Blueberries, the second most popular berries in the United States in terms of value and volume of production, have also seen significant shifts. The two main types of blueberries, highbush and lowbush, have distinct market destinations, with highbush blueberries primarily aimed at the fresh market and lowbush blueberries for processing. While the United States exports some fresh blueberries, it has transformed into a net importer. Imports of fresh highbush blueberries have surged from 44 million pounds in 2000-2002 to 450 million pounds in 2018-2020, accounting for about 62 percent of domestic fresh blueberry disappearance.

High prices for fresh market blueberries have fueled global production growth, leading to increased imports during the spring and fall months to supplement supplies. Between 2010 and 2020, domestic fresh blueberry imports from Peru and Mexico grew significantly, thanks to expanded planting acres and higher yields driven by suitable production conditions and profitability.

Furthermore, the report highlights the rapid growth in U.S. demand for organic blueberries, with organic blueberry sales surging to $205 million in 2019, marking a fivefold increase between 2008 and 2019.

blueberry volumes by ori 22 1

Source: USDA Market News via Agronometrics.
(Agronometrics users can view this chart with live updates here)

In the realm of pricing, it is noteworthy that despite the seasonal expansion of domestic blueberry production, the availability of U.S. blueberries remains relatively constrained during the late fall and early spring periods. This seasonality creates elevated price levels, particularly during the spring and fall when supplies are at their lowest. Producers strategically endeavor to augment production during these periods to capitalize on the heightened prices prevalent during these “market shoulders.” This strategic realignment is further bolstered by the surge in varietal plantings that extend the market supply beyond the conventional marketing period. Consequently, this diversification of supply has facilitated an upward shift in prices during these specific periods. Imports of fresh blueberries have surged in response to these market dynamics, effectively enhancing the availability of fresh blueberries during the off-season. This, in turn, has contributed to a perceptible moderation in the seasonal price differentials observed in recent years.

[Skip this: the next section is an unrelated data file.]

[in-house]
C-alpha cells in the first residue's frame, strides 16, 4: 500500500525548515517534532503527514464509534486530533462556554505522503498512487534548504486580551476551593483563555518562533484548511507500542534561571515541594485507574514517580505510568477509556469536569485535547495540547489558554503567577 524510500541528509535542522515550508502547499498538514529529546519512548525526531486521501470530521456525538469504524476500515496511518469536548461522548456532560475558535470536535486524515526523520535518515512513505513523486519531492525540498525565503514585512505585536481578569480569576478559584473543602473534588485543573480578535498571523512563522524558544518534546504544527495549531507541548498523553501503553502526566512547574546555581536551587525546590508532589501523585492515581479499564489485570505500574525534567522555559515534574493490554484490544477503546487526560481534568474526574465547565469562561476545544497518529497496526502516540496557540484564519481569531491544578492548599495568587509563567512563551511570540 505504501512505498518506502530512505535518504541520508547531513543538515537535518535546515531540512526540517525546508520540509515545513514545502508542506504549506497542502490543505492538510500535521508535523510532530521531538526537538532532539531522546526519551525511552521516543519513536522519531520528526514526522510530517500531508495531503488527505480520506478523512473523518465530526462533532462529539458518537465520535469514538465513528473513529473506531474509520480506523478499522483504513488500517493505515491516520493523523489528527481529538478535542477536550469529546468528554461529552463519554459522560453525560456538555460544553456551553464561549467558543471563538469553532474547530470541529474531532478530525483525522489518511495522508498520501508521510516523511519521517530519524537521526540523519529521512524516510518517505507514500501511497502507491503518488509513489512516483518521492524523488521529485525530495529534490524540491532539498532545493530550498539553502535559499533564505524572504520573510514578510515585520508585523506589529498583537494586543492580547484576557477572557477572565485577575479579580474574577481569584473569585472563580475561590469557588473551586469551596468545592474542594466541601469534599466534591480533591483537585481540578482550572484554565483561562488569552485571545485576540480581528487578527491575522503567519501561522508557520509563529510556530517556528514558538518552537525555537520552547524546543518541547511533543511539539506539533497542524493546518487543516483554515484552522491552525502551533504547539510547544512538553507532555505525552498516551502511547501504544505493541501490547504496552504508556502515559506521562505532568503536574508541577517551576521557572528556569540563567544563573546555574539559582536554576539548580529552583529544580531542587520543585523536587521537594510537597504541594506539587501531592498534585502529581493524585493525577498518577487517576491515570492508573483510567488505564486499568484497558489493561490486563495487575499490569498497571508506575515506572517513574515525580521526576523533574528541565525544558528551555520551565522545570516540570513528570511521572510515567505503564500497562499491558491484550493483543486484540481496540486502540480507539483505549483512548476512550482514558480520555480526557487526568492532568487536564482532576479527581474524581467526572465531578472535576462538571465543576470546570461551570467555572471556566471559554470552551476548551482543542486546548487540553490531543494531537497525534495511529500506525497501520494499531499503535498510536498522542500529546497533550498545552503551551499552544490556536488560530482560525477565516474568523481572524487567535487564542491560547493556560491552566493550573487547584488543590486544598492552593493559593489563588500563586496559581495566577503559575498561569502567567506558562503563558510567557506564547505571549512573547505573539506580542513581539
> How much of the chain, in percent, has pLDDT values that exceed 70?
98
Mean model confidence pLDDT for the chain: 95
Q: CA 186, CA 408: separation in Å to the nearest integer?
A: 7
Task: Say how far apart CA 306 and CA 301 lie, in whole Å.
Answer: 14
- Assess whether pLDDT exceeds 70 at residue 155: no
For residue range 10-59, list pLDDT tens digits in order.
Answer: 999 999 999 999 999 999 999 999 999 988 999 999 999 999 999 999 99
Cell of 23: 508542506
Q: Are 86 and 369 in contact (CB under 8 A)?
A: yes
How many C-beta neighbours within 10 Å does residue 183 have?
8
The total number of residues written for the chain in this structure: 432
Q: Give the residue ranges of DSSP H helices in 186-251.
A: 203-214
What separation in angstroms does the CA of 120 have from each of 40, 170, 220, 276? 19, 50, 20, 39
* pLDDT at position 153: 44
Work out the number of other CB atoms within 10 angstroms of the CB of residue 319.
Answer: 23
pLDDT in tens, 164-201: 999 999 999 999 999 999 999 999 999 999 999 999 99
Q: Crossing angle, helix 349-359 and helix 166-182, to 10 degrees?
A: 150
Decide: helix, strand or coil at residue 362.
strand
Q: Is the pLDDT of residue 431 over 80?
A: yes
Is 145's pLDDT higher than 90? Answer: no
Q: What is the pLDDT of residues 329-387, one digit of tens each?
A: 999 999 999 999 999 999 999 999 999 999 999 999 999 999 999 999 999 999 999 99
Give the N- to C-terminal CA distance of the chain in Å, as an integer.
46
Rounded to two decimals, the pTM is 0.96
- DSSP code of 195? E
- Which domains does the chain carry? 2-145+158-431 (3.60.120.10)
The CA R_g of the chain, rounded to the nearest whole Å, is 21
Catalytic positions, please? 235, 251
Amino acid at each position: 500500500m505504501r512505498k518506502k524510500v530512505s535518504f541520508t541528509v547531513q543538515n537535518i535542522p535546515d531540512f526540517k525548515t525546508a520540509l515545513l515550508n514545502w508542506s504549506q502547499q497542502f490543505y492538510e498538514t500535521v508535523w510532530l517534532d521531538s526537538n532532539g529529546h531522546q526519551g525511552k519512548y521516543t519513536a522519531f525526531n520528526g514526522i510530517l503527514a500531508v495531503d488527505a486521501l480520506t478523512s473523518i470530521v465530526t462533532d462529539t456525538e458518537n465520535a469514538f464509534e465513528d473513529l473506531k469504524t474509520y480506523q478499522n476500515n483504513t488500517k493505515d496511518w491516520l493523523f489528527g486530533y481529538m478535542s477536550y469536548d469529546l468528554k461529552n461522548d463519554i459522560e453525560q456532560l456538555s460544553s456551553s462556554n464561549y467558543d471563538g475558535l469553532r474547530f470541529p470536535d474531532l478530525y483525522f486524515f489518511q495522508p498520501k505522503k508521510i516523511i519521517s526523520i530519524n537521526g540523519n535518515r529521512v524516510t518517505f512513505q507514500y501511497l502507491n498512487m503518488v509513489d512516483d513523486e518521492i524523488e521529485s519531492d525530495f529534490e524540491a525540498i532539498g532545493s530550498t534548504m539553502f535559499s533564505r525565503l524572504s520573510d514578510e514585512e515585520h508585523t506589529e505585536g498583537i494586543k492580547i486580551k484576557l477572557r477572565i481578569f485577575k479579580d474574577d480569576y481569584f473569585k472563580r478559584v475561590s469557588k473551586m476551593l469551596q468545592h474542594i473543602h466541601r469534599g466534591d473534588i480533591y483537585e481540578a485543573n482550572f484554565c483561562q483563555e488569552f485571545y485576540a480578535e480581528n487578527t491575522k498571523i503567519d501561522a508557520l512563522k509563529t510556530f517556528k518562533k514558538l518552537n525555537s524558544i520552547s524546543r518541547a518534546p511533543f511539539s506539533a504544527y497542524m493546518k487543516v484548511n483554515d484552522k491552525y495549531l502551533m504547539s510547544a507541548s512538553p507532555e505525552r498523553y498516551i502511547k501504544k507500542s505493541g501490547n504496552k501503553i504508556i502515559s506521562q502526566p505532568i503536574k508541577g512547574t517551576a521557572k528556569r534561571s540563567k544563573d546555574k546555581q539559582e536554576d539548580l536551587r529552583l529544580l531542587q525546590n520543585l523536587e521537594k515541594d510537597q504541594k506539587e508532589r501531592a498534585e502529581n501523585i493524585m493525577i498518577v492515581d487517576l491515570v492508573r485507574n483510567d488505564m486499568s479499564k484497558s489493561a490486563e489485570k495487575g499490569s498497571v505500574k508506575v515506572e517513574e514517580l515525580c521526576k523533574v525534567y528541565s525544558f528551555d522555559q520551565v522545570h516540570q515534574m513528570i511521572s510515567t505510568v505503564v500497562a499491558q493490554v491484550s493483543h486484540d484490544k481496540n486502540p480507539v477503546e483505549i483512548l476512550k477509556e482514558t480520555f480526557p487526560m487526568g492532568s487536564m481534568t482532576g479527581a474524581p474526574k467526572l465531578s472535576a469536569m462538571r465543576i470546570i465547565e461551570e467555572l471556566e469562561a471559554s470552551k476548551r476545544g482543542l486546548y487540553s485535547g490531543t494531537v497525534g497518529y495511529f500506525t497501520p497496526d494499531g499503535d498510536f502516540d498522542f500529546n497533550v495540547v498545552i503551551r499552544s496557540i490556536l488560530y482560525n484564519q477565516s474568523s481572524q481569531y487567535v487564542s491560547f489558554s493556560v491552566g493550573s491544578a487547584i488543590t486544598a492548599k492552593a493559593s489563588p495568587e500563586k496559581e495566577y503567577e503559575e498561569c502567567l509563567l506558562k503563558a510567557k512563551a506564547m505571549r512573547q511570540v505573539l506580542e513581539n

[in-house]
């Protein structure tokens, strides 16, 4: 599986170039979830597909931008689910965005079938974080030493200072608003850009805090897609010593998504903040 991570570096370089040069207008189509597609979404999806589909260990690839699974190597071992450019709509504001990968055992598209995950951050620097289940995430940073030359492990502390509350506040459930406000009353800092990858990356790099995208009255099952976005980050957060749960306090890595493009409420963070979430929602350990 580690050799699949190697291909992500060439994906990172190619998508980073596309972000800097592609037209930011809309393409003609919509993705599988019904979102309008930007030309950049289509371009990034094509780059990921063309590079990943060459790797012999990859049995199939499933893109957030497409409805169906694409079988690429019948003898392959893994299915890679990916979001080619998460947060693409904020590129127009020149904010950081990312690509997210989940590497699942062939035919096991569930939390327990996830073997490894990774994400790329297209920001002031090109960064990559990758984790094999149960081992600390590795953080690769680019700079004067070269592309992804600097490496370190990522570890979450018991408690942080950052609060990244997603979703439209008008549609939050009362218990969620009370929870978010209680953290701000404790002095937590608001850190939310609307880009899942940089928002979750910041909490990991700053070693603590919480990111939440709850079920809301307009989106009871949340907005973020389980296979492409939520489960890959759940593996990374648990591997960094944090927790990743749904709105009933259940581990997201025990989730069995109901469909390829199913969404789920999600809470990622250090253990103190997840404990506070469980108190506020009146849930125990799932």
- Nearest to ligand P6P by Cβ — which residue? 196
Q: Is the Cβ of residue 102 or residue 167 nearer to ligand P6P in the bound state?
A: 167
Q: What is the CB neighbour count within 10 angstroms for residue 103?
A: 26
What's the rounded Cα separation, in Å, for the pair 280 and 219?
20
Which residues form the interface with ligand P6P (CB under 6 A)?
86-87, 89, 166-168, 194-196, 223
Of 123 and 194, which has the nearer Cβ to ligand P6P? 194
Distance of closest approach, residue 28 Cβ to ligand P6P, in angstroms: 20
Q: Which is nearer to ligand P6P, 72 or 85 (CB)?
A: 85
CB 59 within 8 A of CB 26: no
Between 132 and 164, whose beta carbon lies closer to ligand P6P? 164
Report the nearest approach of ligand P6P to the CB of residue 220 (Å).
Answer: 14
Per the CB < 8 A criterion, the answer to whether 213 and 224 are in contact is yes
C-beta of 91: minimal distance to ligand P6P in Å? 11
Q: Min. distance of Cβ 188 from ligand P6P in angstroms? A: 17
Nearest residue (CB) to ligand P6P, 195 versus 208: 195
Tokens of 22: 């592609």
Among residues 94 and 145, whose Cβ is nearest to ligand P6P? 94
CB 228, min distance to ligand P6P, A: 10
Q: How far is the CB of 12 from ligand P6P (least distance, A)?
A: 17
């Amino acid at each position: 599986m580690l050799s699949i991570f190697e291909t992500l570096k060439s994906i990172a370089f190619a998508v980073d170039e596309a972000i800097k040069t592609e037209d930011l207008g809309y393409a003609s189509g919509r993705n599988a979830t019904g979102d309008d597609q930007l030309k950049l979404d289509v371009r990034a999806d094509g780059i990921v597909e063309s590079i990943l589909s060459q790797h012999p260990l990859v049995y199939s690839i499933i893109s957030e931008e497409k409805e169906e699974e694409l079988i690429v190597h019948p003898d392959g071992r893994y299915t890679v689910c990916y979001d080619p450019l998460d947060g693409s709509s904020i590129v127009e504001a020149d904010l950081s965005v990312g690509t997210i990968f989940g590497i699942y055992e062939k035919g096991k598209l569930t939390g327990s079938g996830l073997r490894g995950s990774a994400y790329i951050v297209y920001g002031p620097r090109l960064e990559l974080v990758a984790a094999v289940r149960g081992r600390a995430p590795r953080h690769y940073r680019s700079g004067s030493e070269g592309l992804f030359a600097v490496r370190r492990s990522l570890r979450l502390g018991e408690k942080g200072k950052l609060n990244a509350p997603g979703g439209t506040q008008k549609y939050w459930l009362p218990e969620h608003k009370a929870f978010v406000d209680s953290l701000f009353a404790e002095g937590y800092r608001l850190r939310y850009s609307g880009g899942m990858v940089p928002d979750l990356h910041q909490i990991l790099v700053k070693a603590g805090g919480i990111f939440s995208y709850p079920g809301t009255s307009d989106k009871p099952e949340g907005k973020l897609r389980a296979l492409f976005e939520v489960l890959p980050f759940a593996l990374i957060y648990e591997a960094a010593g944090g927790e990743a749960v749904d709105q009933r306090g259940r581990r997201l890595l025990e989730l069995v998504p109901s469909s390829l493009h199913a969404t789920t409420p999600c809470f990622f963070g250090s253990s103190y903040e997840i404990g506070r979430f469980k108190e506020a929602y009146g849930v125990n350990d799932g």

Strawberry & Blueberry Prices by History (As Reported) in the US
chart 33 1

Source: USDA Market News via Agronometrics.
(Agronometrics users can view this chart with live updates here)

In our ‘In Charts’ series, we work to tell some of the stories that are moving the industry. Feel free to take a look at the other articles by clicking here.

All pricing for domestic US produce represents the spot market at Shipping Point (i.e. packing house/climate controlled warehouse, etc.). For imported fruit, the pricing data represents the spot market at Port of Entry.

You can keep track of the markets daily through Agronometrics, a data visualization tool built to help the industry make sense of the huge amounts of data that professionals need to access to make informed decisions. If you found the information and the charts from this article useful, feel free to visit us at where you can easily access these same graphs, or explore the other 21 commodities we currently track.

Written by: Sarah Ilyas